What’s Next with ACA: Will the Individual Health Insurance Subsidy Survive?

Posted On: February 17, 2017 | By: Abigail Cutler

As the new administration takes its place in history and its detractors in both political parties grouse about minor issues, most Americans want to know what is next with the Affordable Care Act (ACA).

Here’s what I know. The individual mandate is under attack.  First, it CANNOT survive as it exists now.  Insurers are paying out more in claims than they are taking in in premiums, and they are leaving the marketplace in many U.S. counties. Young insureds are not opting for these plans, leaving insurers with older and less healthy insureds.  This creates anti-selection, a/k/a “the death spiral.

The clearest message coming out of Washington about replacing ACA is: 1) the Republicans, who control 2 of the 3 branches of government will repeal ACA 2) Insurance companies will be permitted to sell their individual and group plans across state lines, thus heightening competition and 3) block grants of funds will be provided to individual states to fund in part Medicaid.

The topic that very few pundits and spinners are debating in the public forum is “What Happens with the Subsidies” provided to marketplace policyholders who fall below the income threshold of 400% of the poverty level ($97,000 for a family of four.) Effectively these subsides, which are paid by private employers via health insurance taxes, are another form of entitlement.  Senator Rand Paul of Kentucky has clearly stated that the conservative members of Congress have zero appetite for more entitlements.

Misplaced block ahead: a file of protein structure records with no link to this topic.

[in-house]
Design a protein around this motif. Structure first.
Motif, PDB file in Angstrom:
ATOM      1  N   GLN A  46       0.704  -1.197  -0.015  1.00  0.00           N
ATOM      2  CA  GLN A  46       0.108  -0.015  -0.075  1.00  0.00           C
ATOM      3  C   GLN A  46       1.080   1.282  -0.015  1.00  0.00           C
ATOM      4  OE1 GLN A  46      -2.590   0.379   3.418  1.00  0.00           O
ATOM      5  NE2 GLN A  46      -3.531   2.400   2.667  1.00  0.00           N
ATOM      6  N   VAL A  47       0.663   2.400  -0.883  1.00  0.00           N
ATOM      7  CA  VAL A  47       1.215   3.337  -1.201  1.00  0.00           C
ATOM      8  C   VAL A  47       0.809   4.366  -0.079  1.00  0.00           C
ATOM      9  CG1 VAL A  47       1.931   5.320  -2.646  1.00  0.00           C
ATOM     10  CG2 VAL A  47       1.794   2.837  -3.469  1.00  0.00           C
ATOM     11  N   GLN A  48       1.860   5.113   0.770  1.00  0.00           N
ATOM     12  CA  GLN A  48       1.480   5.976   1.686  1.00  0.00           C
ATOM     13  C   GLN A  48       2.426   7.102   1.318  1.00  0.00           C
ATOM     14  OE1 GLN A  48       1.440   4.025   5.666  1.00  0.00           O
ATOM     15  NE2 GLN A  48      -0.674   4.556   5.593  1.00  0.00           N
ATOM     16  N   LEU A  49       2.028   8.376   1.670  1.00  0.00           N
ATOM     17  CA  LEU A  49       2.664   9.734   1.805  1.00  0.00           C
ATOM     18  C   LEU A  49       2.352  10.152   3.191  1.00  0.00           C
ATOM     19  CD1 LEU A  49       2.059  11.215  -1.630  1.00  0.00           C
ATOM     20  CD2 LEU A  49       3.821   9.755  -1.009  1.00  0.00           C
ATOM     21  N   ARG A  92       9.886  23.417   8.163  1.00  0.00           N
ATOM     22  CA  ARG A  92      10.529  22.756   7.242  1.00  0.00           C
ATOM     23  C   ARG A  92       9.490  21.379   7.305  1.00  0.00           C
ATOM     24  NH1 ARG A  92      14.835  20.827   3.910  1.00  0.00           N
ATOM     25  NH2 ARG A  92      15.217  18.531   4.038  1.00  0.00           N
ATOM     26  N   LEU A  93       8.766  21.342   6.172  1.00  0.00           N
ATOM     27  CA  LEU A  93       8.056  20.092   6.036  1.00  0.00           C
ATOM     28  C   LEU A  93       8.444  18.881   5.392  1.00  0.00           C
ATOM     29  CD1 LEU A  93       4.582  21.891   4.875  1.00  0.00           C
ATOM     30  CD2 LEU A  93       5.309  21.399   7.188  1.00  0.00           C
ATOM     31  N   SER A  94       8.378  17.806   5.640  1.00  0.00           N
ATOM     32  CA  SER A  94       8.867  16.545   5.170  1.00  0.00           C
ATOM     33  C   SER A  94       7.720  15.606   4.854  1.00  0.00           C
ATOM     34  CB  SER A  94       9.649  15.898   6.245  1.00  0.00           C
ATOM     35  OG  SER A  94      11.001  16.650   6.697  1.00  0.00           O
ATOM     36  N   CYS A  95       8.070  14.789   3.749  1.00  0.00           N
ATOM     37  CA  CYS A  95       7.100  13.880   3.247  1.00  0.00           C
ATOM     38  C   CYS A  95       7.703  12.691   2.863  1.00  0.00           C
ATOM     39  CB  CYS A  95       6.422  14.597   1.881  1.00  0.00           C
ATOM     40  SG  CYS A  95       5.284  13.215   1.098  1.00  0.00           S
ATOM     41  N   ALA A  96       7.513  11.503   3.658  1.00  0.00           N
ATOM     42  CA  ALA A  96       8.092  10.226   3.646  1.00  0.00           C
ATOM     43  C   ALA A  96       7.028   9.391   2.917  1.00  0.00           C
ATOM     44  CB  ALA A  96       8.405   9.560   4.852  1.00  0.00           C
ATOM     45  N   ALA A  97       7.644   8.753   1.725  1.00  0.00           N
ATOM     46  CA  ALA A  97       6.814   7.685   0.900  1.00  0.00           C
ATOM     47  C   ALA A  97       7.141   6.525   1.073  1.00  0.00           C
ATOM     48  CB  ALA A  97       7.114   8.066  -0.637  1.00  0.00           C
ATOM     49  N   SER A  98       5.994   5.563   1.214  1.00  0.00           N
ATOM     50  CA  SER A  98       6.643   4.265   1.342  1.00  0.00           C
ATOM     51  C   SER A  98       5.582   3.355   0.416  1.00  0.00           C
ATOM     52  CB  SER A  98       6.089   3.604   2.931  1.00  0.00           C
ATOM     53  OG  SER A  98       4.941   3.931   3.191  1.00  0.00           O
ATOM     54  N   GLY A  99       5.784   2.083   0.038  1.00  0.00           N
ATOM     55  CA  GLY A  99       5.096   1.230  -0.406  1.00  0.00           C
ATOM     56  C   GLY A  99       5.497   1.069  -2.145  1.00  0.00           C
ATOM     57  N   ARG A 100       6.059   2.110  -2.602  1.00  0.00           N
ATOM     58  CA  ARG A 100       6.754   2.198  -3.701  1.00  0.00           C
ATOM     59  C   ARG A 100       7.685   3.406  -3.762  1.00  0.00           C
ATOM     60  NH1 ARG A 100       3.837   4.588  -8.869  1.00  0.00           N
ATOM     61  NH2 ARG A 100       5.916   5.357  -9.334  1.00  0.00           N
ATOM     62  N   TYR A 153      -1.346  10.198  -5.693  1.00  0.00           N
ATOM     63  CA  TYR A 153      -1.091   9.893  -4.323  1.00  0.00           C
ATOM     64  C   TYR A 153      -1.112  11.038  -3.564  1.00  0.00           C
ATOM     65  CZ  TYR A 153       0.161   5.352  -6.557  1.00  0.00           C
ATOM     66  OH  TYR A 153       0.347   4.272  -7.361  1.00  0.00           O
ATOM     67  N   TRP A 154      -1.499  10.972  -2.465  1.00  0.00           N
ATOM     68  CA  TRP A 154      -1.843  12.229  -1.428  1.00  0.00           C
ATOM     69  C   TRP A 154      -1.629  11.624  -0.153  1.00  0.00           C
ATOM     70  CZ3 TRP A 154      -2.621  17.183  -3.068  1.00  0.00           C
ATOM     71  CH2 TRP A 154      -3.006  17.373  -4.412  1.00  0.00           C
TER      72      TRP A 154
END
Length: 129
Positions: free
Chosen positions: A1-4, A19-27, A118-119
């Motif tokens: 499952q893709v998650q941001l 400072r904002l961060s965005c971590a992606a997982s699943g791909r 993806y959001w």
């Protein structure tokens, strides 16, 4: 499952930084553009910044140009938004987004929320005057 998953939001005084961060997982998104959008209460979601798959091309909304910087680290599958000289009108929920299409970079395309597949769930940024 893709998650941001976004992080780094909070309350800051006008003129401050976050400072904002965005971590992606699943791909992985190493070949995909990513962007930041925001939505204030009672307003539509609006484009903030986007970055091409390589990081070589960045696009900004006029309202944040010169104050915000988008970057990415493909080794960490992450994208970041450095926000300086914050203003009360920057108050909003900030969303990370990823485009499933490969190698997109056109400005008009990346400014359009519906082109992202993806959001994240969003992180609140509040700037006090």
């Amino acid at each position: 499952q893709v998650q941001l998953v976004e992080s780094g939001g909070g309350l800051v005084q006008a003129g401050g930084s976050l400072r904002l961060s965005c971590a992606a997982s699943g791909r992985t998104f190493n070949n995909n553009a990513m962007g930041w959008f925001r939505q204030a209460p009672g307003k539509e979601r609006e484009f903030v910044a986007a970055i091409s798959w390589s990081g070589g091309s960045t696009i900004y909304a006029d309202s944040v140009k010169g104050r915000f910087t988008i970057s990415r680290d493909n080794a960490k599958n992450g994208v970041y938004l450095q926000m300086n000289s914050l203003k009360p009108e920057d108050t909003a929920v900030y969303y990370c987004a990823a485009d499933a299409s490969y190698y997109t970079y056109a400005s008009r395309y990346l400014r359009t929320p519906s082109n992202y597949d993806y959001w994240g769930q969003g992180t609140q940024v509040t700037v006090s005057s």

However, without the subsidies, most insureds will drop their coverage, making the pool of insureds even less desirable.

President Trump has promised to reveal the replacement for ACA the week of February 20. The replacement will have to settle the issue of the subsidies.

Too many conservative members of Congress and other pundits, ACA Marketplace subsidies translate to another entitlement. It is highly unlikely that the subsidies would survive an Obamacare Repeal and Replace agenda.

Now members of Congress are talking about a premium tax credit to replace the subsidies.  How that would work is very vexing.  As reported by some sources, more than 50% of Americans pay no income taxes.  If there is a tax credit given to replace the subsidies, would that apply then to only people who pay taxes or would those who pay no taxes actually get a check from the Feds once they paid their Marketplace premiums?  Stay tuned.